Historic Sites of Manitoba: Canadian Pacific Railway Bergen Cutoff Bridge (Red River, Winnipeg)
This Canadian Pacific Railway bridge spanning the Red River in Winnipeg, formerly the Rural Municipality of Kildonan, was built as an alternate route to the company’s North Transcona Rail Yards which was under construction at the same time. The name originates from the Bergen station stop in its Carberry Subdivision. Construction began in January 1913, with substructure work handled by the Foundation Company Limited of Montreal. By the project was completed, the surrounding municipality had split in two along the Red River, dividing into West Kildonan and East Kildonan. (The latter was later partitioned again, creating North Kildonan.) To house the skilled labourers, a base camp was established on Lot 58 of the river’s east bank. Bunk houses, a dining room, and cook house were erected along with separate residences for the project’s superintendent and foremen.
The bridge’s substructure consists of ten concrete structures: seven large piers, a supporting pier, and two concrete abutments on each raised embankment. Most of the piers were built using the open cofferdam method, except for the fifth and sixth piers that supported the central swing span. These were completed using the pneumatic caisson process, the first time this technology had been used in Winnipeg. Starting work in the midst of winter afforded easy access across the ice surface and, to take maximum advantage, day and night shifts were scheduled. The concrete piers were sunk some 15 to 20 feet below bedrock. The third and nith piers were completed first, before June 1913, and the eastern abutment was finished in early June. To cross the river as well as major roads on each side, the double-track bridge was flanked by raised, graded approaches. This, combined with a rotating central bridge section, enabled ships to pass under the bridge. It also enabled two 60-foot-wide subways to be built at Main Street and Henderson Highway, as well as another two cutouts to the Kildonan Golf Course. Superstructure work was managed by the Dominion Bridge Company.
The first train crossing on 1 May 1914 was scheduled to coincide with the opening of the new rail yards and, on 18 June, the sites were toured by Lieutenant Governor Douglas Cameron, Acting Mayor McLean, several alderman, and members of the professional and business communities.
After the auxiliary terminals at the North Transcona Rail Yards were closed on 15 December 1928, the bridge was no longer used actively by the CPR. The tracks and ties—aside from those servicing the City’s North End Water Pollution Control Centre—have been removed from the split off the CPR’s Selkirk Line through to where the former section of Springfield Road in North Kildonan is now bisected by Chief Peguis Trail. The Main Street and Henderson Highway bridge cutouts have also been removed, along with the graded approach east of Henderson Highway, which has been leveled and mostly converted into residential development along the south side of Springfield Road between Henderson Highway and Raleigh Street. The bridge was stripped of decking and rails, with some ties remaining on the swing span. Trees now grow along the western riverbank where the bridge deck once lay. Access to the concrete and steel structure is severed on the east bank and restricted via the western approach. The pilot cabin atop the bridge remains, though it has been stripped of equipment.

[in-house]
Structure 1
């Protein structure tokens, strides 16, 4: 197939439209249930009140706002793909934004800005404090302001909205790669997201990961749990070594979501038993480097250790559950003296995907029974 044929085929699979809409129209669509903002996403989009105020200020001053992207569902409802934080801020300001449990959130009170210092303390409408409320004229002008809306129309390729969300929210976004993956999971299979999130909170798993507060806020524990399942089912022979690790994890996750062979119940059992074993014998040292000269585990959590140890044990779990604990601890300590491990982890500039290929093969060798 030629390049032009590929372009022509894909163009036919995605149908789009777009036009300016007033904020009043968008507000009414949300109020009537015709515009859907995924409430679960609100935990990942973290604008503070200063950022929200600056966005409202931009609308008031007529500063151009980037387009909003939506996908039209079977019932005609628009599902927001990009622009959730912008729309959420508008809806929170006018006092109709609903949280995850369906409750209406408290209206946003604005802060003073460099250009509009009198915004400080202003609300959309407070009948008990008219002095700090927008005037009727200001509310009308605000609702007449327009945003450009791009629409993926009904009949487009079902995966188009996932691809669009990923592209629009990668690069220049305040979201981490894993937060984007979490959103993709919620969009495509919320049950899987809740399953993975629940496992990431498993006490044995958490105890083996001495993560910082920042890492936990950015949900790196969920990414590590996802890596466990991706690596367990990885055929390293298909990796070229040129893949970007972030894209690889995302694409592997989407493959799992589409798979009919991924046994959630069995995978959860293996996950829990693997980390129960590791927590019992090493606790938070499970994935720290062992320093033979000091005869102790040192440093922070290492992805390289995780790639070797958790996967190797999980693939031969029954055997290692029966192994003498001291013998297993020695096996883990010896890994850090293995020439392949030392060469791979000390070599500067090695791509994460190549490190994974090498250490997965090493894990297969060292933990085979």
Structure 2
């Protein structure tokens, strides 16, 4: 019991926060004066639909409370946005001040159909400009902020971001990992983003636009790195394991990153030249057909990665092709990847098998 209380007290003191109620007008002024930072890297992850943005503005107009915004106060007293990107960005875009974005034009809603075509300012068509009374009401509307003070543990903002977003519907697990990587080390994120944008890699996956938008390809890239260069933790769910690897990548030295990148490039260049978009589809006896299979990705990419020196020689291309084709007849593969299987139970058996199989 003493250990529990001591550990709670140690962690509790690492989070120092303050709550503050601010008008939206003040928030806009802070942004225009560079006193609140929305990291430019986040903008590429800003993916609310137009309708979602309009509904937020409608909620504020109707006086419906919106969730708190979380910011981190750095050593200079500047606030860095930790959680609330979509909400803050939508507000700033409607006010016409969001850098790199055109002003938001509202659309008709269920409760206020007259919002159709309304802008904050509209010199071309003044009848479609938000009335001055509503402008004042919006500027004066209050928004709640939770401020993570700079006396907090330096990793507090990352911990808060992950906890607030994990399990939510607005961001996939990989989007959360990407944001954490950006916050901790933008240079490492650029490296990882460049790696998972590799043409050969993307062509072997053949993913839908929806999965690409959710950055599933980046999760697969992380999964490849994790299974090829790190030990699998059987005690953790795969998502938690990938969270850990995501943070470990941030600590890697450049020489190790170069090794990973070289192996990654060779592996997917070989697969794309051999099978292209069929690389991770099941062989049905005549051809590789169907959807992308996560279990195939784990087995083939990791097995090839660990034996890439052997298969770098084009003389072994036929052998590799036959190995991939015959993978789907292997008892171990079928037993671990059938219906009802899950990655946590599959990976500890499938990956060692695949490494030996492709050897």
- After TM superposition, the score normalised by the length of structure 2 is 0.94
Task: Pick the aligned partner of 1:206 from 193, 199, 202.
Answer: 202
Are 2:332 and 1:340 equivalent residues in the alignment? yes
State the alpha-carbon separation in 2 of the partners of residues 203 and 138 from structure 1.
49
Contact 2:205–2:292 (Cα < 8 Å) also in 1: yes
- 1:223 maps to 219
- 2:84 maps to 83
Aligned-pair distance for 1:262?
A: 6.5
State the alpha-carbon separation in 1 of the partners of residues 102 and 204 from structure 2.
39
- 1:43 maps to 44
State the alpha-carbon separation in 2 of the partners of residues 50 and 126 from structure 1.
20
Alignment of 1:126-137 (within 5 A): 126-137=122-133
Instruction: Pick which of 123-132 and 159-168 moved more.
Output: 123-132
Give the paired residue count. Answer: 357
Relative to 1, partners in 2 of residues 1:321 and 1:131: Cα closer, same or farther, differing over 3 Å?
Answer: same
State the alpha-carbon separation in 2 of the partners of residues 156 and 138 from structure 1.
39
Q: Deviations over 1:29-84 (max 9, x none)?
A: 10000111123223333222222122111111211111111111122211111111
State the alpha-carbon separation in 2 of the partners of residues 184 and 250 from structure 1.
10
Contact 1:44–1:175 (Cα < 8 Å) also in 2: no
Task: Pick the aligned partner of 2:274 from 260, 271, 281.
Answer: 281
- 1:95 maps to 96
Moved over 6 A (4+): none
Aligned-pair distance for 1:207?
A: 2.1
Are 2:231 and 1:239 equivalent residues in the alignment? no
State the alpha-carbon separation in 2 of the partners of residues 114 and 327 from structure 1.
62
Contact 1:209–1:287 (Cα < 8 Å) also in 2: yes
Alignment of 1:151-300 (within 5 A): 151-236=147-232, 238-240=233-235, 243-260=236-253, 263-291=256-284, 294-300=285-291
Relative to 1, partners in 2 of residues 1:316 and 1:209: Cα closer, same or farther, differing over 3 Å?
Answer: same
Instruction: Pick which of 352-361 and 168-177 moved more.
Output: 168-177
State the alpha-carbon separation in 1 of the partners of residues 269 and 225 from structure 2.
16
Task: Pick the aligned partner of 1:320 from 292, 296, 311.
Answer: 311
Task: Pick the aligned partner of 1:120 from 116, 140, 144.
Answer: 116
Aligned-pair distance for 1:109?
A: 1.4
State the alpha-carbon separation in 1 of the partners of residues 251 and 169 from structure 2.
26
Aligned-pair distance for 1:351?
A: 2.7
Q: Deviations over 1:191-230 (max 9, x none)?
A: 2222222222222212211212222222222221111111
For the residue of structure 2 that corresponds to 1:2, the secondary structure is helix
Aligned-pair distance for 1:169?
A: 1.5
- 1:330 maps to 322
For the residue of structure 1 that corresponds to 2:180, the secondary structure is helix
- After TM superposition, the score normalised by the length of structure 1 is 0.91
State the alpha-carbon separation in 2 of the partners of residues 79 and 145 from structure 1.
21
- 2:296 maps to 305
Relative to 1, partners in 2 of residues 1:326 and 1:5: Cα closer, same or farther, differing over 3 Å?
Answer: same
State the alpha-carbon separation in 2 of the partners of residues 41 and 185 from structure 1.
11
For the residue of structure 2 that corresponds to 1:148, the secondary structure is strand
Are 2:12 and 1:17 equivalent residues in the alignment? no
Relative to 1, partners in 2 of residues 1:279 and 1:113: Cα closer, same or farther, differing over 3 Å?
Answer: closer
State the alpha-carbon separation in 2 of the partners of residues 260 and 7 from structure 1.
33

Through the years, alternate uses for the bridge have been considered. The provincial government looked into using the span for the perimeter highway around Winnipeg but, by 1955, had abandoned the idea in favour of the present bridge to the north. In the early 1960s, the Metro Planning Commission evaluated the site for use within a proposed inner beltway. This fell through when the CPR refused to sell the property. In 1987, a local restaurateur in partnership with landscape architect Garry Hilderman proposed a housing development on the east side while converting the bridge into a restaurant and pedestrian corridor. They acquired 22 acres of land from the CPR but the plan was withdrawn within a year when they yielded to public pressure to leave the area undeveloped. The land was sold to the city, which now maintains a walking and cycling trail along the eastern approach to the bridge.
Photos & Coordinates
“New C.P.R. Bridge at Kildonan,” Manitoba Free Press, 15 March 1913, page 11.
“Fort Garry makes protests on Subways [Subways at Kildonan],” Manitoba Free Press, 31 May 1913, page 34.
“Constructing the foundations for C.P.R. Bergen Cut-Off Bridge,” Manitoba Free Press, 21 June 1913, page 11.
“Railway read to cope with big coop,” Manitoba Free Press, 10 September 1913, page 13.
“New yards will open May first,” Winnipeg Tribune, 11 April 1914, page 1.
“Winnipeggers to view terminals,” Winnipeg Tribune, 17 June 1914, page 5.
“The key to an empire,” Manitoba Free Press [Free Press Supplement Commemorating Manitoba’s Fiftieth Anniversary], 15 July 1920, page 21.
“C.P.R. dismisses 328 employees today,” Manitoba Free Press, 15 December 1928, page 2.
“CPR won’t sell or lease Bergen Cutoff,” Winnipeg Free Press, 20 October 1953, page 1.
“Bergen Cutoff road span out,” Winnipeg Free Press, 6 December 1955, page 1.
“Plea to CPR,” Winnipeg Free Press, 14 February 1964, page 3.
“Kildonan residents battle riverbank developers,” Winnipeg Free Press, 7 March 1987, page 3.
“Officials accused of gaffe which could cost city millions,” Winnipeg Free Press, 21 April 1987, page 5.
“Olympic hopeful suffers setback,” Winnipeg Free Press Weekly Northeast Edition, 28 August 1988, page 4.
“Development plan upsets residents,” Winnipeg Free Press, 20 July 2003, page A3.
“Sitelines [Dreamin’ high],” Winnipeg Free Press, 7 July 2007, page F3.
Orders-in-Council #1913-0082 and #1913-1420, Library and Archives Canada.
Page revised: 17 July 2023